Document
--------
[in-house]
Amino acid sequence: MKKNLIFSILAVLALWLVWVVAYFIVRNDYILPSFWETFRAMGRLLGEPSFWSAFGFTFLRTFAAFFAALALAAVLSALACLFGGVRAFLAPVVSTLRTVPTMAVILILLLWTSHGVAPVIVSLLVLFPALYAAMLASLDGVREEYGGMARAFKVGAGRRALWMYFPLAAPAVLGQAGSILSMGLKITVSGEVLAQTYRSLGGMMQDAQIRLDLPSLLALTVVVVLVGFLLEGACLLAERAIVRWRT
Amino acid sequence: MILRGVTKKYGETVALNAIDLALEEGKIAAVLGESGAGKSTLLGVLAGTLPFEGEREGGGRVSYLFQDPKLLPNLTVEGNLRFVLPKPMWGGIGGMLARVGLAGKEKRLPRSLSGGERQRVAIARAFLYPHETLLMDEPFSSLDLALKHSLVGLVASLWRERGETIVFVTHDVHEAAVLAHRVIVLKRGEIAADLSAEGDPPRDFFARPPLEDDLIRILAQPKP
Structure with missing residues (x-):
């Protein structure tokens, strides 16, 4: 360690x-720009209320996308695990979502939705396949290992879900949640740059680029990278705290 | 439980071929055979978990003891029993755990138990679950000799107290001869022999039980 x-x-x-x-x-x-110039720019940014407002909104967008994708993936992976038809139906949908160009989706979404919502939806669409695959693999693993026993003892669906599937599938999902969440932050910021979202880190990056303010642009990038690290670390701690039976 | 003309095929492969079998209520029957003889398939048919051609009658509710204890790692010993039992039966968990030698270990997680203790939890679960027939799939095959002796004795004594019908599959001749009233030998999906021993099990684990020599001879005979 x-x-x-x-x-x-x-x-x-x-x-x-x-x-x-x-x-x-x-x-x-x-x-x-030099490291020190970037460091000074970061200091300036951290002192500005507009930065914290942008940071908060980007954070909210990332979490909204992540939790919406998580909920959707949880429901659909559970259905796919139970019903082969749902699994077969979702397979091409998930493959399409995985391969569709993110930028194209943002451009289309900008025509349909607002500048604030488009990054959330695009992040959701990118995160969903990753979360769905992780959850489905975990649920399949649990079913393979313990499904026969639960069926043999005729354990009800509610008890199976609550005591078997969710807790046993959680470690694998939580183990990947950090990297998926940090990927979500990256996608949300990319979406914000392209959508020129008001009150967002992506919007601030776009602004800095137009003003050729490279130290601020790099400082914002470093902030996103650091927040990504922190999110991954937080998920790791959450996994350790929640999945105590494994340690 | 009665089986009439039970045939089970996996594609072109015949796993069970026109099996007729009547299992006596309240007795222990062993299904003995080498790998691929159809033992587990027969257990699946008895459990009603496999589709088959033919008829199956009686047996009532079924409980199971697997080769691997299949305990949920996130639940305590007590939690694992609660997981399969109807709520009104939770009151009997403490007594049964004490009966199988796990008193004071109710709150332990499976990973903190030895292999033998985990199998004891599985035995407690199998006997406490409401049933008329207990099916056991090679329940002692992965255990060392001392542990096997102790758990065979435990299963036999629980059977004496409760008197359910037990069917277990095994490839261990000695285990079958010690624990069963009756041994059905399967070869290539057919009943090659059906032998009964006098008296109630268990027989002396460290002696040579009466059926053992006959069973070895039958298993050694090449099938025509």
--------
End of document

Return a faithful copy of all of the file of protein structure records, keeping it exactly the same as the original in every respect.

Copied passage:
[in-house]
Amino acid sequence: MKKNLIFSILAVLALWLVWVVAYFIVRNDYILPSFWETFRAMGRLLGEPSFWSAFGFTFLRTFAAFFAALALAAVLSALACLFGGVRAFLAPVVSTLRTVPTMAVILILLLWTSHGVAPVIVSLLVLFPALYAAMLASLDGVREEYGGMARAFKVGAGRRALWMYFPLAAPAVLGQAGSILSMGLKITVSGEVLAQTYRSLGGMMQDAQIRLDLPSLLALTVVVVLVGFLLEGACLLAERAIVRWRT
Amino acid sequence: MILRGVTKKYGETVALNAIDLALEEGKIAAVLGESGAGKSTLLGVLAGTLPFEGEREGGGRVSYLFQDPKLLPNLTVEGNLRFVLPKPMWGGIGGMLARVGLAGKEKRLPRSLSGGERQRVAIARAFLYPHETLLMDEPFSSLDLALKHSLVGLVASLWRERGETIVFVTHDVHEAAVLAHRVIVLKRGEIAADLSAEGDPPRDFFARPPLEDDLIRILAQPKP
Structure with missing residues (x-):
């Protein structure tokens, strides 16, 4: 360690x-720009209320996308695990979502939705396949290992879900949640740059680029990278705290 | 439980071929055979978990003891029993755990138990679950000799107290001869022999039980 x-x-x-x-x-x-110039720019940014407002909104967008994708993936992976038809139906949908160009989706979404919502939806669409695959693999693993026993003892669906599937599938999902969440932050910021979202880190990056303010642009990038690290670390701690039976 | 003309095929492969079998209520029957003889398939048919051609009658509710204890790692010993039992039966968990030698270990997680203790939890679960027939799939095959002796004795004594019908599959001749009233030998999906021993099990684990020599001879005979 x-x-x-x-x-x-x-x-x-x-x-x-x-x-x-x-x-x-x-x-x-x-x-x-030099490291020190970037460091000074970061200091300036951290002192500005507009930065914290942008940071908060980007954070909210990332979490909204992540939790919406998580909920959707949880429901659909559970259905796919139970019903082969749902699994077969979702397979091409998930493959399409995985391969569709993110930028194209943002451009289309900008025509349909607002500048604030488009990054959330695009992040959701990118995160969903990753979360769905992780959850489905975990649920399949649990079913393979313990499904026969639960069926043999005729354990009800509610008890199976609550005591078997969710807790046993959680470690694998939580183990990947950090990297998926940090990927979500990256996608949300990319979406914000392209959508020129008001009150967002992506919007601030776009602004800095137009003003050729490279130290601020790099400082914002470093902030996103650091927040990504922190999110991954937080998920790791959450996994350790929640999945105590494994340690 | 009665089986009439039970045939089970996996594609072109015949796993069970026109099996007729009547299992006596309240007795222990062993299904003995080498790998691929159809033992587990027969257990699946008895459990009603496999589709088959033919008829199956009686047996009532079924409980199971697997080769691997299949305990949920996130639940305590007590939690694992609660997981399969109807709520009104939770009151009997403490007594049964004490009966199988796990008193004071109710709150332990499976990973903190030895292999033998985990199998004891599985035995407690199998006997406490409401049933008329207990099916056991090679329940002692992965255990060392001392542990096997102790758990065979435990299963036999629980059977004496409760008197359910037990069917277990095994490839261990000695285990079958010690624990069963009756041994059905399967070869290539057919009943090659059906032998009964006098008296109630268990027989002396460290002696040579009466059926053992006959069973070895039958298993050694090449099938025509």